Donald Trump could learn something from another disruptor-in-chief

“Recalling Franklin Delano Roosevelt these days is pertinent. Trump isn’t the only great disruptor to serve in the Oval Office. Roosevelt threw political conventions overboard. He faced similar obstacles to Trump and sometimes used similar tactics. But being a man of coherence and a few other qualities we seldom see in Trump, he made it work. “Everything I learned about economics from Harvard was wrong,” Roosevelt told friends. He took on society’s overprivileged as opposed to protecting them. The vested interests and big newspaper barons inveighed against him. Like the Twitter-storming Trump of today, Roosevelt had a new communications tool to fight them – fireside chats via radio. Chats more than blasts.” – Lawrence Martin

Not merely free speech, but better speech needs to be protected on campus

“As president of Wilfrid Laurier University, an institution that has been at the centre of the campus free-speech conversation during the past year, I can see that universities have a greater responsibility than merely protecting free speech. We must also promote better speech in an increasingly polarized and complex world. Universities exist to create, preserve, apply and pass on knowledge. We have a responsibility to ensure our students recognize the importance of free speech in the pursuit of knowledge. Speech is the path to learning what others think and believe, so that we can learn from each other.” – Deborah MacLatchy, president and vice-chancellor of Wilfrid Laurier University

LIVING BETTER

The case for treating summer like any other season

“I’m writing this about an hour into my new morning routine. I wake up, I get ready and after consuming as much tea or coffee as humanly possible, I open my planner and work my way through the day’s to-do list. It’s boring, it’s tragically type-A (the planner is colour-coded) and I’ve never been happier. They say you find love when you’ve finally stopped looking for it and I guess it’s true. Because this summer, I fell completely in love with totally refusing to give in to the pressure of the season.” – Anne T. Donahue

LONG READ FOR A LONG COMMUTE

Russia’s power line: How Bombardier helped build a controversial railway along Ukraine’s border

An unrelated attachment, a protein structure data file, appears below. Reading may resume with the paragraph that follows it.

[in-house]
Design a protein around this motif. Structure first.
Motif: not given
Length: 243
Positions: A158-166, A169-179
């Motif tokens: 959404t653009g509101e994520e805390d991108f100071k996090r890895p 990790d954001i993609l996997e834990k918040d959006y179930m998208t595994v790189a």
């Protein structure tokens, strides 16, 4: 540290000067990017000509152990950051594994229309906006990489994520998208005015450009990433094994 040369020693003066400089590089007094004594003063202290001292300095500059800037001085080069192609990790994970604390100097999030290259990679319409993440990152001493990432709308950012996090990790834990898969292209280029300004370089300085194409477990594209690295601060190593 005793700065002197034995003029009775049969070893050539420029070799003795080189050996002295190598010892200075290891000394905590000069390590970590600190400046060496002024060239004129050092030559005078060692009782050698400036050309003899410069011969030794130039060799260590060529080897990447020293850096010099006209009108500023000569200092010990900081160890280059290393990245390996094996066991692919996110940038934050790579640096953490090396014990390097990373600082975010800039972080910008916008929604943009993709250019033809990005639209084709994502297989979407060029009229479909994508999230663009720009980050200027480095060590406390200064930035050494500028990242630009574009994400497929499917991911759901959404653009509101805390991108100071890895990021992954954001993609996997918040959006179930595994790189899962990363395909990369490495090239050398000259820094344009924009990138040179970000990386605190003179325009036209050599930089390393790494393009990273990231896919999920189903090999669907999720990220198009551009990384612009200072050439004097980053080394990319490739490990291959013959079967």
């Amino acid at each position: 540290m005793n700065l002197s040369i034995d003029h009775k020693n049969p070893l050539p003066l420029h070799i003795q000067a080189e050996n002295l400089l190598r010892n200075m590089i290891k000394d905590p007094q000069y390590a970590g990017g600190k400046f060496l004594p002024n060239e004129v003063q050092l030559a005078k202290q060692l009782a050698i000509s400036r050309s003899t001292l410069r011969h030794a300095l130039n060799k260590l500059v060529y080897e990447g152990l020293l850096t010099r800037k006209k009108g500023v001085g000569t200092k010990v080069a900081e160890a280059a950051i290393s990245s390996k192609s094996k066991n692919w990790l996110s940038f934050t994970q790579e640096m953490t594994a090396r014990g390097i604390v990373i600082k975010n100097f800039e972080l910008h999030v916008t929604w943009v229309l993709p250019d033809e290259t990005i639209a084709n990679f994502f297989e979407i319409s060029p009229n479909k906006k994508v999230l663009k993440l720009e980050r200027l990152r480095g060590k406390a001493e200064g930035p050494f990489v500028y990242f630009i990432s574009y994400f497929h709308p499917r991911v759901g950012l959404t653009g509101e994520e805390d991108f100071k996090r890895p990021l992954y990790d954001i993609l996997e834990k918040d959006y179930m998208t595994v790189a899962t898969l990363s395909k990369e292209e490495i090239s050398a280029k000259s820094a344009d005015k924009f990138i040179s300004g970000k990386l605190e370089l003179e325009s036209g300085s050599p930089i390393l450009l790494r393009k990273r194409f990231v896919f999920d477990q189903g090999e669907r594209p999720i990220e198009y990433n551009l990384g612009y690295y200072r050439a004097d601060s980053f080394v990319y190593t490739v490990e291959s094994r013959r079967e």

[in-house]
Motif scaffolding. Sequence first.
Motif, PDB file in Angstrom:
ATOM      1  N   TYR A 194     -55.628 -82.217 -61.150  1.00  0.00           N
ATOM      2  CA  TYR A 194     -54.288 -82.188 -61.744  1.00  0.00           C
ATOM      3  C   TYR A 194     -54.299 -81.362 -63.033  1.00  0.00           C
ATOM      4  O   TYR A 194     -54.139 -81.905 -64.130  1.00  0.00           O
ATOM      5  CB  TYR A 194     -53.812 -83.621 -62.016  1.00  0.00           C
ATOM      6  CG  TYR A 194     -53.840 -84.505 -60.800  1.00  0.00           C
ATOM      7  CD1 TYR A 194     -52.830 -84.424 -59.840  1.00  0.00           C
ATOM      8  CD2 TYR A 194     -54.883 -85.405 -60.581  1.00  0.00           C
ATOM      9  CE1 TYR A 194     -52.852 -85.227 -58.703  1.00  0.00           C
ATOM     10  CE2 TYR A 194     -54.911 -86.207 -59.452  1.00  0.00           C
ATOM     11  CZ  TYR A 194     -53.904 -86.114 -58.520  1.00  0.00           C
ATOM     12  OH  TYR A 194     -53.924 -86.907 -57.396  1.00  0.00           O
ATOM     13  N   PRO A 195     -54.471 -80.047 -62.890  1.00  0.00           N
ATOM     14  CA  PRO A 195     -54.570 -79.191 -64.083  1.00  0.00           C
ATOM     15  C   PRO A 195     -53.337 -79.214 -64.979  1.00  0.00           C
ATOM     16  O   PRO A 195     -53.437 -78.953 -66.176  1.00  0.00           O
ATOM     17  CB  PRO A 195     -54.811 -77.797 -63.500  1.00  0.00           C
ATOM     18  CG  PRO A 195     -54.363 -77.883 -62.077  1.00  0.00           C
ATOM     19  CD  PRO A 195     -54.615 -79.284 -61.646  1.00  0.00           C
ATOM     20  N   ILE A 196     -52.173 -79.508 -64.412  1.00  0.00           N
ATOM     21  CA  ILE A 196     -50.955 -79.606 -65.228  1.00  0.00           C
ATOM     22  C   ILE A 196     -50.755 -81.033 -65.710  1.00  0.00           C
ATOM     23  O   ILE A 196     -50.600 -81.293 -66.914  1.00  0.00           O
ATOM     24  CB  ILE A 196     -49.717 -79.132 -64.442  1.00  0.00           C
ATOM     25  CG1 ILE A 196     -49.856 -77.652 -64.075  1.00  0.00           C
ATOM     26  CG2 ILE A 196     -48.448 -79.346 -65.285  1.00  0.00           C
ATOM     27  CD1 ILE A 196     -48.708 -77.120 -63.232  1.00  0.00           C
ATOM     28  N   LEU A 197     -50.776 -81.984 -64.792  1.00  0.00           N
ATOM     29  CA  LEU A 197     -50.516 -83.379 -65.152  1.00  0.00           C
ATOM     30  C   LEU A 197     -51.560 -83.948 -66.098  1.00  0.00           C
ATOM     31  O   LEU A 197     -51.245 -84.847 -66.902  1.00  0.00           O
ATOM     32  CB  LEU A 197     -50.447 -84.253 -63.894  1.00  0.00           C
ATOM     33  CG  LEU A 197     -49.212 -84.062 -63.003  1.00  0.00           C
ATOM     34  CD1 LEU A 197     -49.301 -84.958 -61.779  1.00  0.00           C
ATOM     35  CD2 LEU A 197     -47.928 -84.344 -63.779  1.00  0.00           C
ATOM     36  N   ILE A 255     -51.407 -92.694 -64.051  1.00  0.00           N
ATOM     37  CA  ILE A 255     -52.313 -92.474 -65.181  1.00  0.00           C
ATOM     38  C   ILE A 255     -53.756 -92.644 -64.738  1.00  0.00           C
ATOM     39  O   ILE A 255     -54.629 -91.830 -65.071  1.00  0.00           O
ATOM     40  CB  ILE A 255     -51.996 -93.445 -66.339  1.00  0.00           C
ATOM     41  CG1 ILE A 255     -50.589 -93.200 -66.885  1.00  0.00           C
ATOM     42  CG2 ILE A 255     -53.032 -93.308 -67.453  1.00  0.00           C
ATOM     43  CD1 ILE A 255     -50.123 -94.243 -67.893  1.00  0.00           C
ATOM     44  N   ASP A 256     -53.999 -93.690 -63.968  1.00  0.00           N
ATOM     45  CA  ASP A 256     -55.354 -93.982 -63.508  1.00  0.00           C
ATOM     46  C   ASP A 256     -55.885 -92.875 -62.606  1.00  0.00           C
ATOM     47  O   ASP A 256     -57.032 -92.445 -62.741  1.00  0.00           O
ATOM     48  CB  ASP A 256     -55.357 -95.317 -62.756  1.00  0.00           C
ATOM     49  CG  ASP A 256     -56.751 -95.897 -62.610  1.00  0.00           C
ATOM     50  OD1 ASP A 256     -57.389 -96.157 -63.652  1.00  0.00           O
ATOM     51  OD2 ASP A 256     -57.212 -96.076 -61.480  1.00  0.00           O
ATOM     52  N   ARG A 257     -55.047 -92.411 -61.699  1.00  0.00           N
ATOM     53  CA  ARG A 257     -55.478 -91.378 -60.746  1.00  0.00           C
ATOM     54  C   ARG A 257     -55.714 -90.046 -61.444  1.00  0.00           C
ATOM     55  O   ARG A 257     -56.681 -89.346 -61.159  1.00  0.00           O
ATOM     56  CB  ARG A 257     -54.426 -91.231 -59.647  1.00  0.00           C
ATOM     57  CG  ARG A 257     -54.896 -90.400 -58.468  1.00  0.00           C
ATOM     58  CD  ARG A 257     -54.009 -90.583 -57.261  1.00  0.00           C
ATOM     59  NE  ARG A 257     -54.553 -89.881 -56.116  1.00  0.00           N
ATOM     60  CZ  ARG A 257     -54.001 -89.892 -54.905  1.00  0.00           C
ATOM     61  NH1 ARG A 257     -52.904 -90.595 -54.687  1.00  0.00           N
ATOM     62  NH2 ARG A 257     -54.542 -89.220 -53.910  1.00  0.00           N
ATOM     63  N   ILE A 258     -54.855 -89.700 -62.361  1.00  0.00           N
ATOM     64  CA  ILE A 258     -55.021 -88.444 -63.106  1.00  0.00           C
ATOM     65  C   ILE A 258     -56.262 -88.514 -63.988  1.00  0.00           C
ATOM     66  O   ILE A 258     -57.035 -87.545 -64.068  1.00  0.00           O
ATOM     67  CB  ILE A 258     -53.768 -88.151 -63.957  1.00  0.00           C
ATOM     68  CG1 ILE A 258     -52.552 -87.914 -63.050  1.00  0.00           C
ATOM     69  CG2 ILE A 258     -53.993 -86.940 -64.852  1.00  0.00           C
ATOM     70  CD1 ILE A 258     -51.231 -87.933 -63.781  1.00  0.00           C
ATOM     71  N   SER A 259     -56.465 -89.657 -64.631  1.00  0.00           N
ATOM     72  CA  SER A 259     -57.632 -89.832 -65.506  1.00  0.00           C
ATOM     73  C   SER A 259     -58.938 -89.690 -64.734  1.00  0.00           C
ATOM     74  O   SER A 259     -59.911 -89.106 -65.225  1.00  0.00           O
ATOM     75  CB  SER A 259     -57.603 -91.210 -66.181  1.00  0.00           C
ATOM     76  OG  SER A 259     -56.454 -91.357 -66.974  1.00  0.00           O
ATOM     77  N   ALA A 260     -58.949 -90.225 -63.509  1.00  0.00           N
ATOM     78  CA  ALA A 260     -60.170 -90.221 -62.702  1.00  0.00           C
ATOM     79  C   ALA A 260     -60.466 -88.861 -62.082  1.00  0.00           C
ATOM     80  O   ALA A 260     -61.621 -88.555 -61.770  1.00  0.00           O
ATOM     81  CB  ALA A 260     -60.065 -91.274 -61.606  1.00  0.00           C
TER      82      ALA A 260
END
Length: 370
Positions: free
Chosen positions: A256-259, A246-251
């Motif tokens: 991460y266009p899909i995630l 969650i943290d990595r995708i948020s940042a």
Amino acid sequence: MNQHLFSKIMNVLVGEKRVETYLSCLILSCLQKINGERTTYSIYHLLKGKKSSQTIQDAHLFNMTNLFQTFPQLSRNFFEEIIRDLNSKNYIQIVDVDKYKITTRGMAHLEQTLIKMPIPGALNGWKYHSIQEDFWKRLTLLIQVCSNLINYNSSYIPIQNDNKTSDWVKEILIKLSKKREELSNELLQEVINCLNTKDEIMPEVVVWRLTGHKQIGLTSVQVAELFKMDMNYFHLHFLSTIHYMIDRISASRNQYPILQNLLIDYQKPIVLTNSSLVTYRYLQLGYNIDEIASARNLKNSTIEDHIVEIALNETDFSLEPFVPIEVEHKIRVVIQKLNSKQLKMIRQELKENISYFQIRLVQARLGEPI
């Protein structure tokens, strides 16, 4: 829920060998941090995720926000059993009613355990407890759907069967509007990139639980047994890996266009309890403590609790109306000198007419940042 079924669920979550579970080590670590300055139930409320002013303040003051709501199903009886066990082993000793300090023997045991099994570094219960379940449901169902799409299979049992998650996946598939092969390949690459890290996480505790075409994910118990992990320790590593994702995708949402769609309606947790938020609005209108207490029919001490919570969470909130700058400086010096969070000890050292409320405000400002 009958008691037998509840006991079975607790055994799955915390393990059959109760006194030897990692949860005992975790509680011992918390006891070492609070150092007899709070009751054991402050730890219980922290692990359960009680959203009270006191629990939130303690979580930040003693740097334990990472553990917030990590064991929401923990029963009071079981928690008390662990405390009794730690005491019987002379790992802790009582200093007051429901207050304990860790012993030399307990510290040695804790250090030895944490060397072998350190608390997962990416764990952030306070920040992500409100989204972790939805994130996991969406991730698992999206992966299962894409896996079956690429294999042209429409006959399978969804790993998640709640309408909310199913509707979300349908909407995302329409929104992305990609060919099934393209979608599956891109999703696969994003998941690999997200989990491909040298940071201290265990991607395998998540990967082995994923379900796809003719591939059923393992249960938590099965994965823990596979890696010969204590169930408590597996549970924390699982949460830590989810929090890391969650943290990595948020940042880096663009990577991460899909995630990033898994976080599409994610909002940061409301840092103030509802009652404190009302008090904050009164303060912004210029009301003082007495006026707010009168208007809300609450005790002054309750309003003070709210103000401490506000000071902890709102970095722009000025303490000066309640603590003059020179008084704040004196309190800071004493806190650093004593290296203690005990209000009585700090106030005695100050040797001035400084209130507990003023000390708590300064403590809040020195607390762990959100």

Analysts say the new railway has obvious military implications, allowing Russia to move tanks and troops quickly along its frontier should there be any widening of its four-year-old conflict with Ukraine. Among the Russian government’s partners on the project was Canada’s Bombardier Inc., which won an $8-million contract to install its signature rail-control systems along the route. That, critics say, should never have happened given Bombardier’s status as a major recipient of Canadian tax dollars, and Canada’s foreign policy of supporting Ukraine in its de facto war against Russia. (for subscribers)

If you’d like to receive this newsletter by e-mail every weekday evening, go here to sign up. If you have any feedback, send us a note.

Report an error Editorial code of conduct
Comments

Welcome to The Globe and Mail’s comment community. This is a space where subscribers can engage with each other and Globe staff. Non-subscribers can read and sort comments but will not be able to engage with them in any way. Click here to subscribe.

If you would like to write a letter to the editor, please forward it to letters@globeandmail.com. Readers can also interact with The Globe on Facebook and Twitter .

Welcome to The Globe and Mail’s comment community. This is a space where subscribers can engage with each other and Globe staff. Non-subscribers can read and sort comments but will not be able to engage with them in any way. Click here to subscribe.

If you would like to write a letter to the editor, please forward it to letters@globeandmail.com. Readers can also interact with The Globe on Facebook and Twitter .

Welcome to The Globe and Mail’s comment community. This is a space where subscribers can engage with each other and Globe staff.

We aim to create a safe and valuable space for discussion and debate. That means:

  • All comments will be reviewed by one or more moderators before being posted to the site. This should only take a few moments.
  • Treat others as you wish to be treated
  • Criticize ideas, not people
  • Stay on topic
  • Avoid the use of toxic and offensive language
  • Flag bad behaviour

Comments that violate our community guidelines will be removed. Commenters who repeatedly violate community guidelines may be suspended, causing them to temporarily lose their ability to engage with comments.

Read our community guidelines here

Discussion loading ...

Due to technical reasons, we have temporarily removed commenting from our articles. We hope to have this fixed soon. Thank you for your patience. If you are looking to give feedback on our new site, please send it along to feedback@globeandmail.com. If you want to write a letter to the editor, please forward to letters@globeandmail.com.
Cannabis pro newsletter